Play is the work of a child, according to Dr Maria Montessori, the founder of the education methodology of the same name.
Lots of meaningful play – that’s pretty much all in a day’s work for our little two-year-old, when we joined Brighton Montessori’s trial class over the weekend.
Mainly, we enjoyed the spacious classrooms of the preschool at Frankel Avenue, the encouraging atmosphere of learning, and the unhurried pace of things.
What is the Montessori Method?
Before the age of six, a child has what Dr Montessori calls “the absorbent mind”, where he has the tremendous ability to learn from the world around him.
The Montessori method allows the child to direct his own learning, and the ability to choose the materials he wants to work on for the day.
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“The main philosophy of the Montessori approach is not to force fit children into a mould but to design the environment around the child to enable them to learn and grow at their own pace,” said Sharon Alcantra, Principal of Brighton Montessori at Frankel Avenue.
When we reached the school, the teachers came to the door to greet us, and we got our temperatures taken and our hands suitably sanitised.
In the classroom, all the furniture is child-sized – tables, chairs, and open shelves lined with Montessori materials.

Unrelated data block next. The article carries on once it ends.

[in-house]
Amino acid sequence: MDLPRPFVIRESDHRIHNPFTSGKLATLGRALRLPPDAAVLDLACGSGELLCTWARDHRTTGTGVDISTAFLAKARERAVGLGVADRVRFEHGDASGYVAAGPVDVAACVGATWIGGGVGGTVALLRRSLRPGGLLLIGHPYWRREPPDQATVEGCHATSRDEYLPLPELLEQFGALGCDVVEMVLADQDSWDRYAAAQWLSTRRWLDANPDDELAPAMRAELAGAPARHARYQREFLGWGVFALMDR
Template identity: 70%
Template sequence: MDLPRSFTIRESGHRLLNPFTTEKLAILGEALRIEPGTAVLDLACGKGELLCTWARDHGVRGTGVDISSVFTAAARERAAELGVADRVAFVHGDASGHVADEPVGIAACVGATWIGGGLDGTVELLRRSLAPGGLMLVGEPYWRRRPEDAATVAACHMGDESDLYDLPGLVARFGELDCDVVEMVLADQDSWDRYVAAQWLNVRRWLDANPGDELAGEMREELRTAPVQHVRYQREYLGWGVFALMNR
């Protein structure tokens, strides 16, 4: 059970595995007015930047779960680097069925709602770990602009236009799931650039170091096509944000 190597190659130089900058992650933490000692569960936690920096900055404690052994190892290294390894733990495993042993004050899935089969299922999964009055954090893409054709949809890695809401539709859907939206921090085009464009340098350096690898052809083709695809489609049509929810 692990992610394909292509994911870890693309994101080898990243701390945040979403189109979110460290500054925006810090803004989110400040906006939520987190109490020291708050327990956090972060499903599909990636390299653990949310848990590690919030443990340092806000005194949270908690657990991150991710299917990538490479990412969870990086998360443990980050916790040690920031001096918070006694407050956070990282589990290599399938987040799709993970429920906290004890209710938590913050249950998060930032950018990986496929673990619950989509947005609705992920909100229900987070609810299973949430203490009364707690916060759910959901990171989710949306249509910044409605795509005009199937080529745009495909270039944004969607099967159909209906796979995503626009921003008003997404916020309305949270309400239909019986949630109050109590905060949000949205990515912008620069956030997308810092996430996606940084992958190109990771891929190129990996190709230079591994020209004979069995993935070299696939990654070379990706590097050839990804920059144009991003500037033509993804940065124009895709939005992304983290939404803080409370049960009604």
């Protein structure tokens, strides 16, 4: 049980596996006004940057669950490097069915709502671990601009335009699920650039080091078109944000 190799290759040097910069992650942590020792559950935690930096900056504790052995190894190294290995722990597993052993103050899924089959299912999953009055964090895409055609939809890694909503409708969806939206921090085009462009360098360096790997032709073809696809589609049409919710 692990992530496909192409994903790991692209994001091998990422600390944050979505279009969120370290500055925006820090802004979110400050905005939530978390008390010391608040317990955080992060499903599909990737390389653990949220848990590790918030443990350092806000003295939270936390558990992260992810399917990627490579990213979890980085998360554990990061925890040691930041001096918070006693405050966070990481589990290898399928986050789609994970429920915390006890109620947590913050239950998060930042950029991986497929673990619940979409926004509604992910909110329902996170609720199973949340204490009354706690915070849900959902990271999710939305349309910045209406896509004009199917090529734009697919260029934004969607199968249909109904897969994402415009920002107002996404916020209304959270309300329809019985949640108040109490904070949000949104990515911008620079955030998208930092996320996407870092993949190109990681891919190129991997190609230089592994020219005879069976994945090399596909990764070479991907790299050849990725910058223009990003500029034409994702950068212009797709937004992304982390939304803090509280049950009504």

Other parents and their children who arrived had already started engaging with some of the activities.
Our two-year-old tot leapt into action and decided quite quickly that he liked the tongs exercise, and transferred pom-poms from one bowl to another. This Montessori activity trains hand-eye coordination and finger strength.
He ditched the tongs and started using his hands as it was more efficient, but the teachers allowed him the leeway to do things at his own pace.
This was all before the programme even started. The teachers encouraged the kids to freely explore the materials laid out on the tables, the floor and the shelves.
When it was time for the class to begin, everyone gathered in a circle, as the teacher warmed the kids up with a gentle welcome song.
Next, it was storytelling time, with lots of animated gestures and a dynamic reading voice.
The teacher reminded parents to read as expressively as possible to the kids at home, to encourage their love of reading.
Now, it was time for the main part of the day’s programme – the Montessori activities.
The teachers demonstrated and explained some of the Montessori materials.
The Montessori materials are not the usual toys we see in the shops – they are mostly wood-crafted and each serve a specific purpose.
The Pink Tower is a fundamental Montessori material that guides a child to learn visual-motor skills, and further, to grade objects from large to small.
Many of the Montessori materials are “self-correcting” in nature; the child will instinctively try to find a solution to make things “fit”.
The knobbed cylinders, for example, have blocks of different height and diameter which fit in a specific hole each. The child is encouraged to find the solution by himself until the puzzle fits.
The alphabet tubs are another great preschool idea for starting phonics. Each tub teaches starting letter sounds. For instance, the J tub contains objects like jeep, jellyfish, jacket and so on, which the child can engage with.
A clear strength of the Montessori method is the highly sensorial and hands-on opportunities for learning.
The Montessori Classroom